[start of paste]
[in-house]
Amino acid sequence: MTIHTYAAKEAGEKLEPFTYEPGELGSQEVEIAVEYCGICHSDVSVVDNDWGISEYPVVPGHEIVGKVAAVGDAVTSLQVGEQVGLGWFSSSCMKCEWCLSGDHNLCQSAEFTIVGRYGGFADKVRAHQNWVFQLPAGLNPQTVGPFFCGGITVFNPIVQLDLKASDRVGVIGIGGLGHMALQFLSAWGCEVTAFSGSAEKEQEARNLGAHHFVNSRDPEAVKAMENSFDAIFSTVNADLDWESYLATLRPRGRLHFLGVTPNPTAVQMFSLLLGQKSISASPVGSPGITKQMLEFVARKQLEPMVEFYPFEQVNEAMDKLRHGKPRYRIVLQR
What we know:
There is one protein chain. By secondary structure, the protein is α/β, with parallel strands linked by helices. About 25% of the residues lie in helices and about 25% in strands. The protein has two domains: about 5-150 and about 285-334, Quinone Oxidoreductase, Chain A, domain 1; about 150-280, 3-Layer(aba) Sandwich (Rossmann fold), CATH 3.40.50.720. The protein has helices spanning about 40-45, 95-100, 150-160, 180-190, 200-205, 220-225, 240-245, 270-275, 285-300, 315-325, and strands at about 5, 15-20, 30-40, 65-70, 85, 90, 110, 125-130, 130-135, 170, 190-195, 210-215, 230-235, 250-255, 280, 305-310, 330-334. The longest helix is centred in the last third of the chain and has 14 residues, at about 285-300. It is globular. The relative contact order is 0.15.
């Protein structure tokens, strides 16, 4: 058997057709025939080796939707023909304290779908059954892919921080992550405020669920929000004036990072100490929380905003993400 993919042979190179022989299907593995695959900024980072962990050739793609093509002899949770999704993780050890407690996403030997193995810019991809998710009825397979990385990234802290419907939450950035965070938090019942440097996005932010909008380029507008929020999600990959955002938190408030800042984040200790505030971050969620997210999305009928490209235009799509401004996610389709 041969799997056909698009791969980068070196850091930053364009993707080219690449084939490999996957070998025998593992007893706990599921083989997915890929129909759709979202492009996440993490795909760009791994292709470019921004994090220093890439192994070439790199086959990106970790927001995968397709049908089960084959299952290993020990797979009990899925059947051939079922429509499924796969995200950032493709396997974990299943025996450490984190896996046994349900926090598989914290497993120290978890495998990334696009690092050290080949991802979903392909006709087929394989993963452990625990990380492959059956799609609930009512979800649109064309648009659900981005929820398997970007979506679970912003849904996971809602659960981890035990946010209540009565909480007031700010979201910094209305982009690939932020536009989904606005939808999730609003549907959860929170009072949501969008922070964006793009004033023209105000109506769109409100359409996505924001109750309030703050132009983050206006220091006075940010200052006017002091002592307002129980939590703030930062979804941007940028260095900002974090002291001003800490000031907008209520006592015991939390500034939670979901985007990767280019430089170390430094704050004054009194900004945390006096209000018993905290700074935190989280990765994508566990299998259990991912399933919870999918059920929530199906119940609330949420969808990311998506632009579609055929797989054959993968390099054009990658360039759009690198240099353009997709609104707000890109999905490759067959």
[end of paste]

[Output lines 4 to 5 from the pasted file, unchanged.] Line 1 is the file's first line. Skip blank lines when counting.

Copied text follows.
There is one protein chain. By secondary structure, the protein is α/β, with parallel strands linked by helices. About 25% of the residues lie in helices and about 25% in strands. The protein has two domains: about 5-150 and about 285-334, Quinone Oxidoreductase, Chain A, domain 1; about 150-280, 3-Layer(aba) Sandwich (Rossmann fold), CATH 3.40.50.720. The protein has helices spanning about 40-45, 95-100, 150-160, 180-190, 200-205, 220-225, 240-245, 270-275, 285-300, 315-325, and strands at about 5, 15-20, 30-40, 65-70, 85, 90, 110, 125-130, 130-135, 170, 190-195, 210-215, 230-235, 250-255, 280, 305-310, 330-334. The longest helix is centred in the last third of the chain and has 14 residues, at about 285-300. It is globular. The relative contact order is 0.15.
């Protein structure tokens, strides 16, 4: 058997057709025939080796939707023909304290779908059954892919921080992550405020669920929000004036990072100490929380905003993400 993919042979190179022989299907593995695959900024980072962990050739793609093509002899949770999704993780050890407690996403030997193995810019991809998710009825397979990385990234802290419907939450950035965070938090019942440097996005932010909008380029507008929020999600990959955002938190408030800042984040200790505030971050969620997210999305009928490209235009799509401004996610389709 041969799997056909698009791969980068070196850091930053364009993707080219690449084939490999996957070998025998593992007893706990599921083989997915890929129909759709979202492009996440993490795909760009791994292709470019921004994090220093890439192994070439790199086959990106970790927001995968397709049908089960084959299952290993020990797979009990899925059947051939079922429509499924796969995200950032493709396997974990299943025996450490984190896996046994349900926090598989914290497993120290978890495998990334696009690092050290080949991802979903392909006709087929394989993963452990625990990380492959059956799609609930009512979800649109064309648009659900981005929820398997970007979506679970912003849904996971809602659960981890035990946010209540009565909480007031700010979201910094209305982009690939932020536009989904606005939808999730609003549907959860929170009072949501969008922070964006793009004033023209105000109506769109409100359409996505924001109750309030703050132009983050206006220091006075940010200052006017002091002592307002129980939590703030930062979804941007940028260095900002974090002291001003800490000031907008209520006592015991939390500034939670979901985007990767280019430089170390430094704050004054009194900004945390006096209000018993905290700074935190989280990765994508566990299998259990991912399933919870999918059920929530199906119940609330949420969808990311998506632009579609055929797989054959993968390099054009990658360039759009690198240099353009997709609104707000890109999905490759067959």